WHITNEY LOWE HAS DEVELOPED AN EXCELLENT WAY OF ASSESSING MUSCLE AND NERVE PROBLEMS. AARON MATHES HAS A VERY GOOD ISOLATED STRETCHING PROGRAM. MANY TECHNIQUES ARE CUTTING EDGE BUT THERE ARE ALOT WITH A GOOD MARKETING PROGRAM BUT THAT IS ABOUT ALL I CAN SAY ABOUT IT AND BE NICE.
I FEEL THAT MASSAGE IS AN ART AND MUCH OF WHAT I DO IS JUST WHAT I SENSE WILL WORK FOR THE CONDITION I AM TRYING TO TREAT.
No Approaching each client and session with a child like mind encourages innovation. Wake each morning as a new day and each moment as the precious and individual now.
Dennis Simpson, owner of CO School of Healing
Arts is quoted as saying, "Nothing new by nobody
special." That reflects my belief about the ever
evolving, co creating experience of practicing body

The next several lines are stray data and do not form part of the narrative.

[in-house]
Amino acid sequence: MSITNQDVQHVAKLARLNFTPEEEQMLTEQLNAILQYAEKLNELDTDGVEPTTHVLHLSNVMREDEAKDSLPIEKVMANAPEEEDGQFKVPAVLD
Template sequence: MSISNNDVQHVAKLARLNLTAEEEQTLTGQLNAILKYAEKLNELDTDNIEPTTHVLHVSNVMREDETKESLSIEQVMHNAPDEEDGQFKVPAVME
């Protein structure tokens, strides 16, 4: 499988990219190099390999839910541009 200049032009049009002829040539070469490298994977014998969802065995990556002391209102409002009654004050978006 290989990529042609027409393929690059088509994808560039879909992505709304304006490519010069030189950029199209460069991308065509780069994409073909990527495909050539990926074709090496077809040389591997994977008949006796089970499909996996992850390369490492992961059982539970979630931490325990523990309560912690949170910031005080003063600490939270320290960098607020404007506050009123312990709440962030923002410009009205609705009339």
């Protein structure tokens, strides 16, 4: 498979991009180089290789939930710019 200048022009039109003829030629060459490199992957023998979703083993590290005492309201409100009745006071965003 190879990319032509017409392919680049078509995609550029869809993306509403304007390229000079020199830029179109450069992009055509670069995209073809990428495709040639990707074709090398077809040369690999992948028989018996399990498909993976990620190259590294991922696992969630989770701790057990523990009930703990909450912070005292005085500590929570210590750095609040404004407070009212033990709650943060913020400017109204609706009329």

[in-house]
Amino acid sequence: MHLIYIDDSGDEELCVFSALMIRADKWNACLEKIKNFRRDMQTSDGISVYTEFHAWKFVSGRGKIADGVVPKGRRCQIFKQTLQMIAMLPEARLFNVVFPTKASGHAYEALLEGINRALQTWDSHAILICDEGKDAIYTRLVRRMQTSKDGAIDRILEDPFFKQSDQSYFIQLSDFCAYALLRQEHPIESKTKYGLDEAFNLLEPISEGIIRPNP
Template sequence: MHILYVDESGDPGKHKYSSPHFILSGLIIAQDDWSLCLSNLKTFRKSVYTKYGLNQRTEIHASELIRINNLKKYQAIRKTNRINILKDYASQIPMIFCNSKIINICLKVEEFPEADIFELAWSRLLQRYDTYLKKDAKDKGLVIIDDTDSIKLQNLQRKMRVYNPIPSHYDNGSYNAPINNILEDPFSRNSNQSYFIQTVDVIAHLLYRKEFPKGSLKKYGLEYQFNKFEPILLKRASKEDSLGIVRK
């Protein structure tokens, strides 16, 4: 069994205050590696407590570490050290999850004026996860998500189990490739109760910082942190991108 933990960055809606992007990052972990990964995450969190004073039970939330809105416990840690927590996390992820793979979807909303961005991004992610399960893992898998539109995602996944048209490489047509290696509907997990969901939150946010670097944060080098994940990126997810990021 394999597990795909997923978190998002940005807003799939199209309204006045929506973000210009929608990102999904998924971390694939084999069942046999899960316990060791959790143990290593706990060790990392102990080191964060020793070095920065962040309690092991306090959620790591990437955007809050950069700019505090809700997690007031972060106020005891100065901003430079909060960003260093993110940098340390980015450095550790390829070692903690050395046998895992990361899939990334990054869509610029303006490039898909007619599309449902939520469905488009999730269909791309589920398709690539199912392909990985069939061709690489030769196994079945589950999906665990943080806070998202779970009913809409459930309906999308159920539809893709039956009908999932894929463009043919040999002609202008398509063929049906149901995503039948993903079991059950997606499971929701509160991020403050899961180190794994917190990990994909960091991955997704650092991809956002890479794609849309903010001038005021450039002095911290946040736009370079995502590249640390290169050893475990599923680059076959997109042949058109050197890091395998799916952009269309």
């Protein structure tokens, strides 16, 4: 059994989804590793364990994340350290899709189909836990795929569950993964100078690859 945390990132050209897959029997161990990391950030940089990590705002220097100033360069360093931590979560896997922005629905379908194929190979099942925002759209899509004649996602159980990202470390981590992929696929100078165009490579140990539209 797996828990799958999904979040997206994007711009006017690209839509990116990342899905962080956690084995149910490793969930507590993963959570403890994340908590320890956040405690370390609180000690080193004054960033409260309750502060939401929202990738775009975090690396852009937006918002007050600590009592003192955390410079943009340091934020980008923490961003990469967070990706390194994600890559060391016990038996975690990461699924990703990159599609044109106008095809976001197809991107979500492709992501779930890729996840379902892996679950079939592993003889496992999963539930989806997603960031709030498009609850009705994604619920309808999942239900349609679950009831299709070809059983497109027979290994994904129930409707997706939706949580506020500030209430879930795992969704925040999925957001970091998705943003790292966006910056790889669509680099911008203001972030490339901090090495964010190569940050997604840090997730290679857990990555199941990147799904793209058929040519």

No I am the director of spa services at one of the finest destination spas in the world. I worked my way up through the ranks from humble beginnings as a massage therapist. I see at least two possible answers to this question. If one is in private practice there can be a slight marketing advantage to focusing on one or two techniques. Through word of mouth and/or advertising one may develop a large cliental based on proficiency in a narrow subset of modalities. In spa services quite the opposite is appropriate. Clients are familiar with a broad palate of techniques. One believes myofacial release is a proper massage, another prefers pressure point work, yet another responds to cranio sacral or zero balancing and so on... The truly gifted therapist has exposure to the myriad of techniques and is able to customize the session to each clients individual needs. I do retain a handful of therapist who specialize in one or two styles, though the vast majority of my 100+ massage staff are those who are diverse and creative.